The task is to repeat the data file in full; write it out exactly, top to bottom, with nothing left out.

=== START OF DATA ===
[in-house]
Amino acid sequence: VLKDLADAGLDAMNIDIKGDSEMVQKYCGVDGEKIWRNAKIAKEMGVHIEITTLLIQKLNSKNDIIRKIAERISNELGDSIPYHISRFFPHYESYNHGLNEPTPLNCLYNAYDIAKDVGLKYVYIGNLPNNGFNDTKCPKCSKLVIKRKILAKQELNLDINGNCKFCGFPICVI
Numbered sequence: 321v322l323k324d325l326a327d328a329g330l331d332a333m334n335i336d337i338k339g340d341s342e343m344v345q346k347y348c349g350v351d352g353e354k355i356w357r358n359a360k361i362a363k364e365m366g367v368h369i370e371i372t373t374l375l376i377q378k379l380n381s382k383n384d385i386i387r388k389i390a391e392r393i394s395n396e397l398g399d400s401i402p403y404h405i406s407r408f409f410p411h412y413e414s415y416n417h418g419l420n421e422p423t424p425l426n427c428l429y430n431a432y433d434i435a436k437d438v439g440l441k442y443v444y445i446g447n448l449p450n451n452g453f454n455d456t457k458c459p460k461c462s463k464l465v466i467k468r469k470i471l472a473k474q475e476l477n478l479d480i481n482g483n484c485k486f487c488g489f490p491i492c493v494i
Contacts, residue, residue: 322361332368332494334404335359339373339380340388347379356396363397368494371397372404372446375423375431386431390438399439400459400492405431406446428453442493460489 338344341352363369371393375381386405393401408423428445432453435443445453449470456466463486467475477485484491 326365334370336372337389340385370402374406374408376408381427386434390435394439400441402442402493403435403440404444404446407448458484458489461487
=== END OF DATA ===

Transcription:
[in-house]
Amino acid sequence: VLKDLADAGLDAMNIDIKGDSEMVQKYCGVDGEKIWRNAKIAKEMGVHIEITTLLIQKLNSKNDIIRKIAERISNELGDSIPYHISRFFPHYESYNHGLNEPTPLNCLYNAYDIAKDVGLKYVYIGNLPNNGFNDTKCPKCSKLVIKRKILAKQELNLDINGNCKFCGFPICVI
Numbered sequence: 321v322l323k324d325l326a327d328a329g330l331d332a333m334n335i336d337i338k339g340d341s342e343m344v345q346k347y348c349g350v351d352g353e354k355i356w357r358n359a360k361i362a363k364e365m366g367v368h369i370e371i372t373t374l375l376i377q378k379l380n381s382k383n384d385i386i387r388k389i390a391e392r393i394s395n396e397l398g399d400s401i402p403y404h405i406s407r408f409f410p411h412y413e414s415y416n417h418g419l420n421e422p423t424p425l426n427c428l429y430n431a432y433d434i435a436k437d438v439g440l441k442y443v444y445i446g447n448l449p450n451n452g453f454n455d456t457k458c459p460k461c462s463k464l465v466i467k468r469k470i471l472a473k474q475e476l477n478l479d480i481n482g483n484c485k486f487c488g489f490p491i492c493v494i
Contacts, residue, residue: 322361332368332494334404335359339373339380340388347379356396363397368494371397372404372446375423375431386431390438399439400459400492405431406446428453442493460489 338344341352363369371393375381386405393401408423428445432453435443445453449470456466463486467475477485484491 326365334370336372337389340385370402374406374408376408381427386434390435394439400441402442402493403435403440404444404446407448458484458489461487